Autism masterclass

SHE’S an internationally-acclaimed autism advocate, but at school Robyn Steward was bullied and called a spastic, retard and freak.

Social norms are difficult for people with autism and Steward  struggled to fit into a world so different to her internal one.

With no friends she was lonely, often frightened and confused, and felt a failure.

“I thought that I would be homeless and a drug addict by the time I was 21,” the now 31-year-old writes on her webpage.

Things turned around at college when Steward and another student started teaching the teachers about autism.

“I really understood at this point that if I helped non-autistic people understand autistic people, then non-autistic people could help me understand non-autistic people,” she says.

“This meant I could alter my behaviour to avoid being bullied.”

• Autism advocate Robyn Steward. Photo supplied

Steward was getting good grades in her university course and started volunteering with the National Autistic Society.

But a trip to the US as an autism ambassador prompted a change in career, and she now tours the world teaching people about autism, and helping people with the condition to live an independent life.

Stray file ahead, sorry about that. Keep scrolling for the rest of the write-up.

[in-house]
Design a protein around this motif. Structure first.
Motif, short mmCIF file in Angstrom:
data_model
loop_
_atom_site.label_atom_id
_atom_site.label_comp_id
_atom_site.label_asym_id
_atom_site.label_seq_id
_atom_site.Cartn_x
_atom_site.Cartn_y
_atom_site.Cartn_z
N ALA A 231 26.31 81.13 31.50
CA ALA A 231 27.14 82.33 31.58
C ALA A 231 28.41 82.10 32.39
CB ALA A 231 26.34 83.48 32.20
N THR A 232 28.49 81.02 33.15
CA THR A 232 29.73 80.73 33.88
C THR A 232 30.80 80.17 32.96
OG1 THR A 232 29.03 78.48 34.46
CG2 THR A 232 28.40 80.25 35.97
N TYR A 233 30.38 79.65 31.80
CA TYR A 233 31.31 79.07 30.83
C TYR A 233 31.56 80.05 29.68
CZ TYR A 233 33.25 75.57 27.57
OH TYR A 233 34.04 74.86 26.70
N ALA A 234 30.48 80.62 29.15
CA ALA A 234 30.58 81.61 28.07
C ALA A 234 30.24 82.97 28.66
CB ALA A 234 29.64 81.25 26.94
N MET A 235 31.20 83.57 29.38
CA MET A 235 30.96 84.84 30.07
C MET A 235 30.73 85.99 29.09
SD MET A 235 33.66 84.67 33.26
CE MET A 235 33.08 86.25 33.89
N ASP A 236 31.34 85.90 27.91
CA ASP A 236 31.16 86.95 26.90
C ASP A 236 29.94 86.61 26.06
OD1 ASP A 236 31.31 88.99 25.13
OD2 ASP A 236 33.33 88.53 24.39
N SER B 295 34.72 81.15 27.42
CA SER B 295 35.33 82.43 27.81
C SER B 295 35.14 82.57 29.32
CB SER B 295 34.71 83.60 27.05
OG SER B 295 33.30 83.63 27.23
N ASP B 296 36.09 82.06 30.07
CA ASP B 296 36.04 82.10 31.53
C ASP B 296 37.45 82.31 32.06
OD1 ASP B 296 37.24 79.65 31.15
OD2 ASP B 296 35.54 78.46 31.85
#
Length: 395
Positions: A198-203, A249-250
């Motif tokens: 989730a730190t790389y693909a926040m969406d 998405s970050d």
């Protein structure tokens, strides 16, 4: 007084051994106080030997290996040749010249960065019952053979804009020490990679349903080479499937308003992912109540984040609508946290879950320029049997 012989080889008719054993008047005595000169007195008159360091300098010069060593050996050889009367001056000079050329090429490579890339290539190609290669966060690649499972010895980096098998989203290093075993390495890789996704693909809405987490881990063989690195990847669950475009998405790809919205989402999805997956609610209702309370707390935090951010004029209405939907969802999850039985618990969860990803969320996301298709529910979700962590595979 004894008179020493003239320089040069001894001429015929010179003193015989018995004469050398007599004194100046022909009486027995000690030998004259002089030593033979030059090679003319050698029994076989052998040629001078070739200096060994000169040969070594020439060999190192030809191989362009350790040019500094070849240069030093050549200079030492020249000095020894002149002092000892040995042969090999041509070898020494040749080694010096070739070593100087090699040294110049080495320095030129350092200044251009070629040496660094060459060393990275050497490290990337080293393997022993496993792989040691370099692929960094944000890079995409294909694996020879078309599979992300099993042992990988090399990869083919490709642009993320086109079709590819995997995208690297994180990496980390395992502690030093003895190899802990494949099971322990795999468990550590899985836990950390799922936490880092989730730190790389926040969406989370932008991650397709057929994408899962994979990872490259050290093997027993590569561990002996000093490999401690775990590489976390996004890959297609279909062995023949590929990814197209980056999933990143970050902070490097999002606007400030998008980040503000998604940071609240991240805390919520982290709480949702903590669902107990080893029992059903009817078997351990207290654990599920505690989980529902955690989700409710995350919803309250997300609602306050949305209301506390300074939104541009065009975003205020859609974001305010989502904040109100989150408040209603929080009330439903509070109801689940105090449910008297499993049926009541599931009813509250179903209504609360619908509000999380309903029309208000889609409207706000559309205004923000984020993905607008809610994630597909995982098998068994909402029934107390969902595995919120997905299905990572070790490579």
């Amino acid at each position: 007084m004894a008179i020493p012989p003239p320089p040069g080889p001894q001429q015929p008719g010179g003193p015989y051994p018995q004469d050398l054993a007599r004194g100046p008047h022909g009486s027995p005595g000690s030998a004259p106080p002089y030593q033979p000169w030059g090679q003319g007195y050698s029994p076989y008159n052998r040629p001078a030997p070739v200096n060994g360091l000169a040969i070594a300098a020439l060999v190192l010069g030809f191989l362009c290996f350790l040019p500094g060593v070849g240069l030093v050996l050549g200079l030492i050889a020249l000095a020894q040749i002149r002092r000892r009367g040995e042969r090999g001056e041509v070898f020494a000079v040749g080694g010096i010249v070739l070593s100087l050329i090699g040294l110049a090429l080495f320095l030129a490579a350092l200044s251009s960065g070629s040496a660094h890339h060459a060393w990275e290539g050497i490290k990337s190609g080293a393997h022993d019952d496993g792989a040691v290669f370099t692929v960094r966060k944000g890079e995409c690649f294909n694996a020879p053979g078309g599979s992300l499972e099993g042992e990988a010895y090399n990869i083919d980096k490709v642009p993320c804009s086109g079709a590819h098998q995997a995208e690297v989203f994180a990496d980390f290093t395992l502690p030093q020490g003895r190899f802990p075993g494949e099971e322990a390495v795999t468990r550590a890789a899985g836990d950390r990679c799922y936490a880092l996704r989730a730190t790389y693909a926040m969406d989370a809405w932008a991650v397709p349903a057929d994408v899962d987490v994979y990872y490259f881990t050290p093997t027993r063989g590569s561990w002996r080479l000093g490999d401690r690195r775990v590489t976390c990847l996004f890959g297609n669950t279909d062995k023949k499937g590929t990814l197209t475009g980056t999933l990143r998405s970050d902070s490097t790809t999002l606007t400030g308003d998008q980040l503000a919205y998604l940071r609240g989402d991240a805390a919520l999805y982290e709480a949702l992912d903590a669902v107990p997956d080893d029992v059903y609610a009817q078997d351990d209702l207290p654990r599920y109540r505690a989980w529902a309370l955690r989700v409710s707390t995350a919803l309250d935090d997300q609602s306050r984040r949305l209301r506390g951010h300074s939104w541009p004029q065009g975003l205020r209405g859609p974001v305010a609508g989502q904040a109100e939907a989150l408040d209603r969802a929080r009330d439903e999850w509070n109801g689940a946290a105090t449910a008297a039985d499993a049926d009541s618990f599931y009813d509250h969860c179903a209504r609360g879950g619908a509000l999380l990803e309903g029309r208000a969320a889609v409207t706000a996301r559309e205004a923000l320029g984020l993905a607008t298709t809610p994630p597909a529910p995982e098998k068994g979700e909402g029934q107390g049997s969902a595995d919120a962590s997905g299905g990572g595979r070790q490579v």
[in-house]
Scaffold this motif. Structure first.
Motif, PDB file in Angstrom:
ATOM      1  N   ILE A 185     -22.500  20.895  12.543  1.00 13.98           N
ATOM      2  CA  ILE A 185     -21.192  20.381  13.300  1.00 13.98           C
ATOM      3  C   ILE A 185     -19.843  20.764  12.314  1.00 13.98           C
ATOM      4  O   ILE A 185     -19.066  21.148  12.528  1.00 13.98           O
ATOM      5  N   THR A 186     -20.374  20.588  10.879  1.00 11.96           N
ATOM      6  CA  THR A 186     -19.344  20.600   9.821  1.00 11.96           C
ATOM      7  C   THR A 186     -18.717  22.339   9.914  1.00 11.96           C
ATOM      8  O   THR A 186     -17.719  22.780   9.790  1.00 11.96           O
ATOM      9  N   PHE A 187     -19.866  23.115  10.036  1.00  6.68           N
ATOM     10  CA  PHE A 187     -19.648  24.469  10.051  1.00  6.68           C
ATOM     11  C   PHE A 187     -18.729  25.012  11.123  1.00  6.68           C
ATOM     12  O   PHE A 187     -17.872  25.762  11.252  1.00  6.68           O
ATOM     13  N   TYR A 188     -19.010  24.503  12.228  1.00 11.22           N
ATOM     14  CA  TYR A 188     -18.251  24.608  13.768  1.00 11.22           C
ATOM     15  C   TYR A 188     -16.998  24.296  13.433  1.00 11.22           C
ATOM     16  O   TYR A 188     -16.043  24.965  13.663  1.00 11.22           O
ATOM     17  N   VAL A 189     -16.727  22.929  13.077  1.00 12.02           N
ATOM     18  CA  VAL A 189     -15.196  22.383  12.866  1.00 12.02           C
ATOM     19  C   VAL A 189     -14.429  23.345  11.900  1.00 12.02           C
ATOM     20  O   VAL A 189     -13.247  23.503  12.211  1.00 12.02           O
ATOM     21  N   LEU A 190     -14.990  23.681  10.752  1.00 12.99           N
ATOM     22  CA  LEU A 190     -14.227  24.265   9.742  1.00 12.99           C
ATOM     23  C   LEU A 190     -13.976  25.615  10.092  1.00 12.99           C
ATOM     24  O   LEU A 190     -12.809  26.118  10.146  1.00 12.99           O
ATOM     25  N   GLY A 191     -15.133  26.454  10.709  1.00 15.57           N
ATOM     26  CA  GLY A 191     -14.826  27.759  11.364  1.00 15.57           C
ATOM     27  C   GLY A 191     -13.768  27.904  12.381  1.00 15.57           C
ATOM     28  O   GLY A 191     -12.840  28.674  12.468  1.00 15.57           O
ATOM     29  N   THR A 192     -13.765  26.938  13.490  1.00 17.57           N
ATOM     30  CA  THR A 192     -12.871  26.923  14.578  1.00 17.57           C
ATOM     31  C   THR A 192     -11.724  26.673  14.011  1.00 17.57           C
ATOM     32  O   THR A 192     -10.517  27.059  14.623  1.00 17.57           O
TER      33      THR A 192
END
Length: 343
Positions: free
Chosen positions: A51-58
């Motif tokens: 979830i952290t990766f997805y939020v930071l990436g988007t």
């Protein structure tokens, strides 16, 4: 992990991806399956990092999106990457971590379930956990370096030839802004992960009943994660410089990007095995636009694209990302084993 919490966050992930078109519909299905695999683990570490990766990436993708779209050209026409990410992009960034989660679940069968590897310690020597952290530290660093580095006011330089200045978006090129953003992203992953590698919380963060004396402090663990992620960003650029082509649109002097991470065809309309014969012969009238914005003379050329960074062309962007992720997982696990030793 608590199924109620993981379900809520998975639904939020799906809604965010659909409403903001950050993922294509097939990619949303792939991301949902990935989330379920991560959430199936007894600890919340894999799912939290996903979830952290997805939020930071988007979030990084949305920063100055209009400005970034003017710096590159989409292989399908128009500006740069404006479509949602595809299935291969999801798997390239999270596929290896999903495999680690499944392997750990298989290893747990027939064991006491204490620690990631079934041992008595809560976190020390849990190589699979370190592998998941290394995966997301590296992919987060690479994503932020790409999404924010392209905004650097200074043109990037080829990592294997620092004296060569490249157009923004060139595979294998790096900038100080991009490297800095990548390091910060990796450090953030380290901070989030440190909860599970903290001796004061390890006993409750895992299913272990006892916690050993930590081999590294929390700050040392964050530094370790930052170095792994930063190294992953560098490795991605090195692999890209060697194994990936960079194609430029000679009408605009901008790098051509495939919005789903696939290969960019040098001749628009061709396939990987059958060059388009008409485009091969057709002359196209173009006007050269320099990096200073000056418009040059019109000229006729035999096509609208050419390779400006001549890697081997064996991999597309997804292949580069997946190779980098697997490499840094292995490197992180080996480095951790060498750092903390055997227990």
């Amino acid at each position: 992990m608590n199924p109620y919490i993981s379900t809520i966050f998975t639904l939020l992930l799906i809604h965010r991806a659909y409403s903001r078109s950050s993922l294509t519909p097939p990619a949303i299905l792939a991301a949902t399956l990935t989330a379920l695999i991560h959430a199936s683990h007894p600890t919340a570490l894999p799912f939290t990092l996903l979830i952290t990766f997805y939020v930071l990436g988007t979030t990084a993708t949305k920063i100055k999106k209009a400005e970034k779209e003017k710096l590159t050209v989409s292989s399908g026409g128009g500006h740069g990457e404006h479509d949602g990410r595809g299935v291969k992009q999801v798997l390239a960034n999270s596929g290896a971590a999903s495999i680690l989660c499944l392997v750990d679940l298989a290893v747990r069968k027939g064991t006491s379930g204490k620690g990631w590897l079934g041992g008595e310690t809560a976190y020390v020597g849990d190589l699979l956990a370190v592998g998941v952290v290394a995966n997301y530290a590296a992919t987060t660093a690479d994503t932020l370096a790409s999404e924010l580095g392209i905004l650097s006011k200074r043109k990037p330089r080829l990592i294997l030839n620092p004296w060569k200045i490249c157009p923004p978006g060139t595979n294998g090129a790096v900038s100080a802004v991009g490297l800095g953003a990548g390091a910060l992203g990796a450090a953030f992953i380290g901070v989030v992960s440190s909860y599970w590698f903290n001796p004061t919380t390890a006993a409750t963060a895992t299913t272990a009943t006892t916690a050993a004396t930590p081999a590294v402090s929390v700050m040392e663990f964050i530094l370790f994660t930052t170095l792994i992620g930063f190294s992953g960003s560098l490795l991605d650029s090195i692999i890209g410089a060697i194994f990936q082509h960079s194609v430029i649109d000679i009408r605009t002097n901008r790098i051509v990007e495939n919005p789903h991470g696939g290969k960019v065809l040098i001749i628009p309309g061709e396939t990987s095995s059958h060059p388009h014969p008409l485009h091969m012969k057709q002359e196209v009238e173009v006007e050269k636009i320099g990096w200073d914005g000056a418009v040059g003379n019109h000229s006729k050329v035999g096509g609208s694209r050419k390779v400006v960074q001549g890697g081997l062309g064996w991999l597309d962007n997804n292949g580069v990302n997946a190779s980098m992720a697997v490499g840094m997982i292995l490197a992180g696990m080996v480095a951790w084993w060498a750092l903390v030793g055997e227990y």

Steward, a research associate at University College London, wrote The Independent Woman’s Handbook for Super Safe Living on the Autistic Spectrum, and her new book The Autism Friendly Guide to Periods will be published next year.

She will be passing on her wealth of knowledge on living with autism at Notre Dame’s Tannock Hall on Cliff Street, Thursday March 22, at 6.30pm.

Dan Akroyd, Lewis Carroll, Steve Jobs, Charles Darwin and the father of the modern electricity system, Nikola Tesla, were all on the autistic spectrum.

Autism West’s programs provide weekly support for more than 100 young people across the Perth metropolitan area, including its Alma Street base in the former Blood Bank on South Terrace.

Tickets for Robyn Stewart are $25 at


One response to “Autism masterclass

  1. Those words are so families I don’t like the way kids even now use them growing up with a sister all them years ago when the stigma of disability was not good I thought our world had become a more accepting place than that untill my kids were diagnosed this is what is said to them sometimes , I don’t like how there schools tell them it’s not bullying and just kids being kids. I suppose it will always be like that untill it’s made unacceptable to say them

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